Gbagbo and Blé Goudé Trial: Here’s What Blocks the Work of Gbagbo’s Defense

In a petition addressed to the judges of the International Criminal Court (ICC), former Ivorian president Laurent Gbagbo’s defense referred to difficulties that hinder the proper pursuit of proceedings.

The defense of the former Ivorian president Laurent Gbagbo would like to have “as soon as possible, a corrected and definitive French version of the Mid-Trial Brief from the prosecution.” In a request dated May 25, 2018, Gbagbo’s lead lawyer Emmanuel Altit wished to see the Registry of the ICC grant his request.

In his document written in French and available on the court’s website Altit justified this request by the will of the defense to have a document “with no inaccuracies.”

“It is all the more important for the Defense to be able to work on a definitive, error-free version, since one can see here from the very first pages of the MTB [Mid-Trial Brief] translation, errors, omissions and inaccuracies that can have very significant consequences as part of the Prosecution’s case may disappear or a legal concept may be transformed,” the French lawyer explained.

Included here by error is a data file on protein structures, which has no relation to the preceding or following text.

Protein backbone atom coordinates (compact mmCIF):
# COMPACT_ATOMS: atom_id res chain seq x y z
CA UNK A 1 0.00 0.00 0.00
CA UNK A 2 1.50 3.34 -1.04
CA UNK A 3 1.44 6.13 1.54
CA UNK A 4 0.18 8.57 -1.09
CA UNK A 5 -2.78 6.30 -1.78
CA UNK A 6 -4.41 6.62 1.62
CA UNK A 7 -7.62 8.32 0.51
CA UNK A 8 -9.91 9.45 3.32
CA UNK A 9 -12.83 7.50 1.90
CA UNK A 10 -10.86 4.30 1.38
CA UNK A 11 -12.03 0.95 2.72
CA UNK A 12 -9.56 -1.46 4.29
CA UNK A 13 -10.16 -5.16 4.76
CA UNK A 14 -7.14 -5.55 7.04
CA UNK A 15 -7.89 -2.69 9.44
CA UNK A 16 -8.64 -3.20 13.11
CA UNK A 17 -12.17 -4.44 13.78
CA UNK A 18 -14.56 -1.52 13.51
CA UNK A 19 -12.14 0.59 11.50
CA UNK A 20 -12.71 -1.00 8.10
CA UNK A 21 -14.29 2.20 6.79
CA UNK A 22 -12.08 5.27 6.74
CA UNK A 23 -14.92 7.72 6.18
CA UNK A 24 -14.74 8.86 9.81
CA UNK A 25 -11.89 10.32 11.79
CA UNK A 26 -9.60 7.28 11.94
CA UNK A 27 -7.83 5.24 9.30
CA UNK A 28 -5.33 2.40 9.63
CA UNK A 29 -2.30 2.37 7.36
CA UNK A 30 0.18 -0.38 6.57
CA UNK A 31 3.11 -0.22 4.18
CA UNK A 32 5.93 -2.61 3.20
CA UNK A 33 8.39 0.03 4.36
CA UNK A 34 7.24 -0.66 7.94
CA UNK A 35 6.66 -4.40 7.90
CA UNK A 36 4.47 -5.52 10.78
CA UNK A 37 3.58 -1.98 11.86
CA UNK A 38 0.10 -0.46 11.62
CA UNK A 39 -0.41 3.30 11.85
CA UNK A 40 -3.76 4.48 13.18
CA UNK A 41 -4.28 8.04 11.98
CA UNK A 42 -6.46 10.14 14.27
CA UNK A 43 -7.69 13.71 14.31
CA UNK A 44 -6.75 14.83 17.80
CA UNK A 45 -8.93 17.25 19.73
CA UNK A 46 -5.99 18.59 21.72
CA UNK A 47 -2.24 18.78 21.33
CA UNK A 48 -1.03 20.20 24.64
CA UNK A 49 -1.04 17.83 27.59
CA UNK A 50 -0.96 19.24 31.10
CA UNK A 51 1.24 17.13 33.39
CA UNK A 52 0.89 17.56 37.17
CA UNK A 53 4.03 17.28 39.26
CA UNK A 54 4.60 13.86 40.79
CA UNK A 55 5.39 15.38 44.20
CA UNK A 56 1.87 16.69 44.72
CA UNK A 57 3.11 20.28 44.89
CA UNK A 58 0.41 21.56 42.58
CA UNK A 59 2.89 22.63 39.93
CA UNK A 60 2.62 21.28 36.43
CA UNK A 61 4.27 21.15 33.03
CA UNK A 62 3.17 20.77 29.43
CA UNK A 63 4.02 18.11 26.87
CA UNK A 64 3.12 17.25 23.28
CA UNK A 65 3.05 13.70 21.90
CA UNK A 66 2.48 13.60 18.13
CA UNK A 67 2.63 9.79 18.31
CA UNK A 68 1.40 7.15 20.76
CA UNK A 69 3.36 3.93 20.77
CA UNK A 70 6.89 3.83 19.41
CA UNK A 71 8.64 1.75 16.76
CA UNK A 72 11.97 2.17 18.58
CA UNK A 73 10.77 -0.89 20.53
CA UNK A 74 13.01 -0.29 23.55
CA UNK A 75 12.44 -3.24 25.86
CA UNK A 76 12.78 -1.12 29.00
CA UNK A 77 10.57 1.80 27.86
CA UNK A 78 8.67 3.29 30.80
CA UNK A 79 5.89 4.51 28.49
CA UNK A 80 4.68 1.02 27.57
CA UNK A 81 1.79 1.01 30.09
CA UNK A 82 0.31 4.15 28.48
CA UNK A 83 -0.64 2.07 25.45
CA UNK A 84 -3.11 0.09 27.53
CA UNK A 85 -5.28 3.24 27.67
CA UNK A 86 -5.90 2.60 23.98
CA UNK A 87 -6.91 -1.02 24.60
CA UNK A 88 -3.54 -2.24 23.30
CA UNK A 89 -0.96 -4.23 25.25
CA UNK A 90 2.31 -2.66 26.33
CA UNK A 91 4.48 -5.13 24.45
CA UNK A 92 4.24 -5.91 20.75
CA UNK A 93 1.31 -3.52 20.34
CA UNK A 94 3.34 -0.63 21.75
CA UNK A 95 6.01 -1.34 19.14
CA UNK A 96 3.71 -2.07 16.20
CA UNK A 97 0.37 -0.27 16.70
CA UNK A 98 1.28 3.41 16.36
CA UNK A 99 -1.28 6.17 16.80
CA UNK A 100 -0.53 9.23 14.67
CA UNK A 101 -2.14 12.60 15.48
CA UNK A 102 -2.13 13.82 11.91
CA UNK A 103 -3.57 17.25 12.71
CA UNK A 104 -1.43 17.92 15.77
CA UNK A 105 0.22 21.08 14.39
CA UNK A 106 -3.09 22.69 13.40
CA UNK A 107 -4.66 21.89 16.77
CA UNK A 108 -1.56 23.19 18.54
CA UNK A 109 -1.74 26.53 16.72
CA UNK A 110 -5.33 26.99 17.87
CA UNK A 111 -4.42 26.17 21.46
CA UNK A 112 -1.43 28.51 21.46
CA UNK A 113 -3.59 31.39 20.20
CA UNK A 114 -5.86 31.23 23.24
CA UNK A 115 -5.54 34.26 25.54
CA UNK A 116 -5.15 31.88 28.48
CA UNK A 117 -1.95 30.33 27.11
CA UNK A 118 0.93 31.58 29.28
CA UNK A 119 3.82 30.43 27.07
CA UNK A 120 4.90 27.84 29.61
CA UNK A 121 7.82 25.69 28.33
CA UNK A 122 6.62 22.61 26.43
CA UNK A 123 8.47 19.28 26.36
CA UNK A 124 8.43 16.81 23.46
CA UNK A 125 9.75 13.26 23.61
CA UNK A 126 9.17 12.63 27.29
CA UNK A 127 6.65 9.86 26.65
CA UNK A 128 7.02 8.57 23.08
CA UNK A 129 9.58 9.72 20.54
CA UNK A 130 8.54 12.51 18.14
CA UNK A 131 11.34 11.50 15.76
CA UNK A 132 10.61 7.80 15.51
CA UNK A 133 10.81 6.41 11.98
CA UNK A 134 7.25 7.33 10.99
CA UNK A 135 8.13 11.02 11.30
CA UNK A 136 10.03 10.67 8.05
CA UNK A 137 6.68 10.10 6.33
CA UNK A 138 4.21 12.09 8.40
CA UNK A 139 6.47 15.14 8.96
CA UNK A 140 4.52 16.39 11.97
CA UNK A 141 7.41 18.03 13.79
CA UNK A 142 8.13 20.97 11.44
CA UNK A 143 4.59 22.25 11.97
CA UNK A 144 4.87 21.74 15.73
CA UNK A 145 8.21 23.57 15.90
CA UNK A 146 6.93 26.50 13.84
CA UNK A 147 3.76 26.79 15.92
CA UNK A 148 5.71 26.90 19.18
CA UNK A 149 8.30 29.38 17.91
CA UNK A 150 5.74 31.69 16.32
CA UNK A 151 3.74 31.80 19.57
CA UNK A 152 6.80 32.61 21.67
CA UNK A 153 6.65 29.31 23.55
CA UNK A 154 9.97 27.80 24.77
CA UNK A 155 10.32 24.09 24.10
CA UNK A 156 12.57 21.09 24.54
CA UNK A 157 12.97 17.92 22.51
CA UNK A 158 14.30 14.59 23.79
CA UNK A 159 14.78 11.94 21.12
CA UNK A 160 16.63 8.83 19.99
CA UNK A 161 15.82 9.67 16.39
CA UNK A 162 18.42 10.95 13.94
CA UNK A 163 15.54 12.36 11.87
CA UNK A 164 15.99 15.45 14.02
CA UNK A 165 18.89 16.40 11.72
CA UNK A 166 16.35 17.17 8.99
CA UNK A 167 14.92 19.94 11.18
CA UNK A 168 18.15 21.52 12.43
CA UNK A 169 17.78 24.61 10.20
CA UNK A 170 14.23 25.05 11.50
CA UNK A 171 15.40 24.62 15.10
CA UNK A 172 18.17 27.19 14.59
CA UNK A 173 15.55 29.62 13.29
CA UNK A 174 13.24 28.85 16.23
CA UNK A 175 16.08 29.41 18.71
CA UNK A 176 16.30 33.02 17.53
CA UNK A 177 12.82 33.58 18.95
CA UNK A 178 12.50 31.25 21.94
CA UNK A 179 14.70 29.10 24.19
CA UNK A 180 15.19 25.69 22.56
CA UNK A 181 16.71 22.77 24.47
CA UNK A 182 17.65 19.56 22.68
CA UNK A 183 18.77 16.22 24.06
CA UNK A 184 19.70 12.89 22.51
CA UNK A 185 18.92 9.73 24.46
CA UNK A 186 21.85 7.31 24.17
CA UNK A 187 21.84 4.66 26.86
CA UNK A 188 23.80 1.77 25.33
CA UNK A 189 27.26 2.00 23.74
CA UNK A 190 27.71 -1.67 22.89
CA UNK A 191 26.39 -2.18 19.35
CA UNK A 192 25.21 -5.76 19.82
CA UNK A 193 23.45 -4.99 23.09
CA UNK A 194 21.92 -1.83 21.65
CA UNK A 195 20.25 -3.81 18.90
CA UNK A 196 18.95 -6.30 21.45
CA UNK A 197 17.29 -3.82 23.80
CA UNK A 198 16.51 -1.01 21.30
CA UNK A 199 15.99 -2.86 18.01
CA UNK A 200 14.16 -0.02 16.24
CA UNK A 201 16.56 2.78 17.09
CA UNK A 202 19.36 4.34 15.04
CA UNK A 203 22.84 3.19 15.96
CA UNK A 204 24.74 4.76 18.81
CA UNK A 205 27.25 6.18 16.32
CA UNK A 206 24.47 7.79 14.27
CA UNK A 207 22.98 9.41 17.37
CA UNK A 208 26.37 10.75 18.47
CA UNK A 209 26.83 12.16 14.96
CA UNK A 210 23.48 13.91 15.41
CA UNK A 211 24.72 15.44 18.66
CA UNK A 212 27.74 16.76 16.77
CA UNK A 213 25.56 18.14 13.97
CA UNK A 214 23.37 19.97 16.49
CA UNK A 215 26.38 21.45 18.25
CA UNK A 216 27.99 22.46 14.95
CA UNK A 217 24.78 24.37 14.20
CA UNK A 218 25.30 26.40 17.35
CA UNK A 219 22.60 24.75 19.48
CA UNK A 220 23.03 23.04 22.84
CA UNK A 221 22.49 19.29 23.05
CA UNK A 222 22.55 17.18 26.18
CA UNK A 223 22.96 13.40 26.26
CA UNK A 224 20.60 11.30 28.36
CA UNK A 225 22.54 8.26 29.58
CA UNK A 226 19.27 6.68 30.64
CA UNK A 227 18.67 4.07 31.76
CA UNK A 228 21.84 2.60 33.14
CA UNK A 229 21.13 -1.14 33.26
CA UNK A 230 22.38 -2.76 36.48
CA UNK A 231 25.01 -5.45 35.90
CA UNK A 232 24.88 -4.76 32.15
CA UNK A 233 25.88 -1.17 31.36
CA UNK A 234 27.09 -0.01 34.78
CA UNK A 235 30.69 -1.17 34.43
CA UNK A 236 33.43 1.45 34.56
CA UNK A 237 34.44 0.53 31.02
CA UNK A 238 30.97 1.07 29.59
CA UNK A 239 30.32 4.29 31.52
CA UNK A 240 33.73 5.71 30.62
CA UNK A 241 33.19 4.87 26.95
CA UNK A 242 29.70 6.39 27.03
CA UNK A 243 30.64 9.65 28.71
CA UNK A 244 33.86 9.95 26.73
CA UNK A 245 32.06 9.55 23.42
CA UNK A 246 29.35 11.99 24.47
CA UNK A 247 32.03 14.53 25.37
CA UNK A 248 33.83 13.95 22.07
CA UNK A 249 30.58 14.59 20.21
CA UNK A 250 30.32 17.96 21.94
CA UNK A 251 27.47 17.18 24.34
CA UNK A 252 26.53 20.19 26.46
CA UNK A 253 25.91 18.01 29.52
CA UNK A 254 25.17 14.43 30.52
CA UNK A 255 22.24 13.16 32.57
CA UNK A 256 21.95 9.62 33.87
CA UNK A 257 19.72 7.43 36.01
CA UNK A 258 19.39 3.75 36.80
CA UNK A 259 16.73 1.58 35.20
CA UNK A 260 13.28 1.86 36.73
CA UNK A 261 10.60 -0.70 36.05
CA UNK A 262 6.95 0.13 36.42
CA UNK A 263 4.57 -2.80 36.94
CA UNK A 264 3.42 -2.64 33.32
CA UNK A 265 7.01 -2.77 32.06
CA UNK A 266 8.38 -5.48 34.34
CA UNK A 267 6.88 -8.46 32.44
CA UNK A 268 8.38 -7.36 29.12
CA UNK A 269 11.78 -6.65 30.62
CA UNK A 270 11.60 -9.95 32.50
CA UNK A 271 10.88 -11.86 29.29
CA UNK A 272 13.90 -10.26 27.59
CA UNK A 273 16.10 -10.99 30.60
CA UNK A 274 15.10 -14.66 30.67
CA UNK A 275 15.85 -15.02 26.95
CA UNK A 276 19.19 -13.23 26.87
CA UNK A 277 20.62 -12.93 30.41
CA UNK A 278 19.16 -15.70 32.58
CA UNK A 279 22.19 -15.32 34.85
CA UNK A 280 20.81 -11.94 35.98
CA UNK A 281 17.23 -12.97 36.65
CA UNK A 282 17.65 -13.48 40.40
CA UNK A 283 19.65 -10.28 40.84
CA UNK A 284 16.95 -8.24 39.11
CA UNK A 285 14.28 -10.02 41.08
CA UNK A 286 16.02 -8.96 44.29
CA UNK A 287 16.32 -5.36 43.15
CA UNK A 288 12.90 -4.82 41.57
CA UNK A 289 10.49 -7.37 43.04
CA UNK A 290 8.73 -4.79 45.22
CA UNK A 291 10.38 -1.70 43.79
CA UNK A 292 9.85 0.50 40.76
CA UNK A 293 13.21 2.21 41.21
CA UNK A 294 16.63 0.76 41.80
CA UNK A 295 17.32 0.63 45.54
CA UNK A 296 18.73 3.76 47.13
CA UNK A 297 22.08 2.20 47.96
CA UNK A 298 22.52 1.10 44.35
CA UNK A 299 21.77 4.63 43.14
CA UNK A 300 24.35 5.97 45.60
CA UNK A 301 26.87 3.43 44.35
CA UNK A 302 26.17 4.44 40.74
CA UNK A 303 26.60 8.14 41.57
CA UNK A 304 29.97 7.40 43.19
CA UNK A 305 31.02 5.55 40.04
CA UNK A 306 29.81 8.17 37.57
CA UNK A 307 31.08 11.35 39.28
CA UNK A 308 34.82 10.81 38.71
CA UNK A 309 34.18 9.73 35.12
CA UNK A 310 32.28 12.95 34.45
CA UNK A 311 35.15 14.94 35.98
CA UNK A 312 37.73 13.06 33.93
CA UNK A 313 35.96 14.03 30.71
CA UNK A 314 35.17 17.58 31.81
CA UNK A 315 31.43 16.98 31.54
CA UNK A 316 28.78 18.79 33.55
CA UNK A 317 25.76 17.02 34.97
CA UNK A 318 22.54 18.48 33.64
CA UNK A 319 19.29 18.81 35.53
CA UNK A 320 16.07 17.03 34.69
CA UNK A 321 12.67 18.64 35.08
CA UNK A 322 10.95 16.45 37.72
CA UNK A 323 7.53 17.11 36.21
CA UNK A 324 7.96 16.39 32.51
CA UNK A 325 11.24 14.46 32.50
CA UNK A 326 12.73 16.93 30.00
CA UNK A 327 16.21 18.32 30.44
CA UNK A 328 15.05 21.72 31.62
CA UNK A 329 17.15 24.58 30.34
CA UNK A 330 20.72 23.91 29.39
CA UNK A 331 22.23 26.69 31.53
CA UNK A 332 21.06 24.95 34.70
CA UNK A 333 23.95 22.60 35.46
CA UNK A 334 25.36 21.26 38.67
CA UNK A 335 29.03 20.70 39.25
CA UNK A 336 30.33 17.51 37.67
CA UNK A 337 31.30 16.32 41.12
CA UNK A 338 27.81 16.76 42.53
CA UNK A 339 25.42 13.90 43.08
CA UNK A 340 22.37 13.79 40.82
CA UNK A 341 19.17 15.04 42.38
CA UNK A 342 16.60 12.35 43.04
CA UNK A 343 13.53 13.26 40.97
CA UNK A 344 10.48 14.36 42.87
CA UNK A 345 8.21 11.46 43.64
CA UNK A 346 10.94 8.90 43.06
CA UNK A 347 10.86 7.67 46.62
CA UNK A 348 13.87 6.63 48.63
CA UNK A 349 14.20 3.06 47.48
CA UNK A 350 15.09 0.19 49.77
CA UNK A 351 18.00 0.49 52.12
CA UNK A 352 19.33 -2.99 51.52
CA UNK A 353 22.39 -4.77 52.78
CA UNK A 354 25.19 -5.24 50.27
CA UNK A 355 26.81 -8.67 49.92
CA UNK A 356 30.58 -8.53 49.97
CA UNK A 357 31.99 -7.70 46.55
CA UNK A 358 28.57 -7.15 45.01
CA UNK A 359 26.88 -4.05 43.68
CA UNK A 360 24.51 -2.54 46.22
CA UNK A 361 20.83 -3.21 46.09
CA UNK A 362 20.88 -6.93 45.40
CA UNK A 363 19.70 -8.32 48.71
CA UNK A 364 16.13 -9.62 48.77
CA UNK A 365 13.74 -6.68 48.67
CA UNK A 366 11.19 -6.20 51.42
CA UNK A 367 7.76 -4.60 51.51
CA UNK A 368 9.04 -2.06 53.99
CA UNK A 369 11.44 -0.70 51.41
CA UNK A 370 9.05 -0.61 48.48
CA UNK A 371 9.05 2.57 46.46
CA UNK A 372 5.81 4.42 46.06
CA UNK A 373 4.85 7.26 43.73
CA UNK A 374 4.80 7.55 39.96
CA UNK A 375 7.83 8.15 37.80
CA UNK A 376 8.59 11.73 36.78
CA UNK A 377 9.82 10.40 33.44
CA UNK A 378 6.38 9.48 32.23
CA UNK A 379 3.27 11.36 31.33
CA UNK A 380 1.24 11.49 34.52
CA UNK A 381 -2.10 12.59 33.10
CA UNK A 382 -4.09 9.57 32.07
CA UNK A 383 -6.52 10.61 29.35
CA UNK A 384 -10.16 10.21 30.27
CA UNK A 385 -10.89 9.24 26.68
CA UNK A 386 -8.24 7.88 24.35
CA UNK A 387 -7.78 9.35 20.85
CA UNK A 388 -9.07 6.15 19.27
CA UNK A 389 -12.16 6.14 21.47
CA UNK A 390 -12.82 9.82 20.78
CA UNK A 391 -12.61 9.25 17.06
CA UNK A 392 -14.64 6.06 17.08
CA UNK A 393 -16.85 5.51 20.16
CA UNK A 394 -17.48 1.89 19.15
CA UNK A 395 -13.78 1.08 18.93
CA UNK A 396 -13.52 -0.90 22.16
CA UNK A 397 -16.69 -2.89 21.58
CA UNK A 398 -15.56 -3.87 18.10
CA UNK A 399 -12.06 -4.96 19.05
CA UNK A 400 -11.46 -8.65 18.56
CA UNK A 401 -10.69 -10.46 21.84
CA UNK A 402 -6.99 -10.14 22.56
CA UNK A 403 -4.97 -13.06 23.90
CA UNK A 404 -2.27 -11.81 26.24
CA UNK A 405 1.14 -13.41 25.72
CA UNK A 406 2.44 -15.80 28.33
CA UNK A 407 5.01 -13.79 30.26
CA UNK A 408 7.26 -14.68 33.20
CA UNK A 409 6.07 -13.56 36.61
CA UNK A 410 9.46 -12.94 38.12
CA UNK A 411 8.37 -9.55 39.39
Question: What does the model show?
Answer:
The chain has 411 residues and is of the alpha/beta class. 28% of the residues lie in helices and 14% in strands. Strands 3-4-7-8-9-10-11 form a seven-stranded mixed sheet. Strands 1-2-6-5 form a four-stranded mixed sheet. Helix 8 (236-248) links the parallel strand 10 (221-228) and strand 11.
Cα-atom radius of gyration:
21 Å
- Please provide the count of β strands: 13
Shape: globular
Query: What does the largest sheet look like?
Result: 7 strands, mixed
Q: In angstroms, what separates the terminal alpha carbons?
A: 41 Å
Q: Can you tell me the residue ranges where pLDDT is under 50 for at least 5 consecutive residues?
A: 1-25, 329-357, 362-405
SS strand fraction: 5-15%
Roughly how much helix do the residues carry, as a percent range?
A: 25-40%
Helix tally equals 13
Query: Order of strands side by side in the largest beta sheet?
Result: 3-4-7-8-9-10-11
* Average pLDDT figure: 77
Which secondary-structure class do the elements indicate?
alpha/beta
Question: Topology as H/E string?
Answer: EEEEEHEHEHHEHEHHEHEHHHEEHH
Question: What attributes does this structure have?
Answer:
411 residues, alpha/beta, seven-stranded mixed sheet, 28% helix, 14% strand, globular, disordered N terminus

“As things stand now,” he said, “neither the defendant nor his defense has a usable and completely reliable French version of the MTB. In other words, they cannot use it as a basis for work, nor rely on it to precisely know the details of the charges.”

“Both the Accused and the Defense are facing a decision that is detrimental to them,” added Altit. On March 19, 2018, Fatou Bensouda filed before the judges the Mid-Trial Brief in which the prosecutor sought to provide a detailed narrative of the prosecution’s case to-date in light of the evidence submitted at trial.

The defense must make its observations in response to this document, which brings together all charges and evidence.


Laurent Gbagbo and Charles Blé Goudé are charged with four counts of crimes against humanity, including murder, rape, and other inhumane acts, or – in the alternative – attempted murder and persecution. The accused allegedly committed these crimes during post-electoral violence in Côte d’Ivoire between December 16, 2010 and April 12, 2011.

This summary comes from Observateur Citoyen, which offers monitoring and commentary on the ICC’s proceedings arising from the post-election violence that occurred in Cote d’Ivoire in 2010-2011. It has been translated into English for use on International Justice Monitor.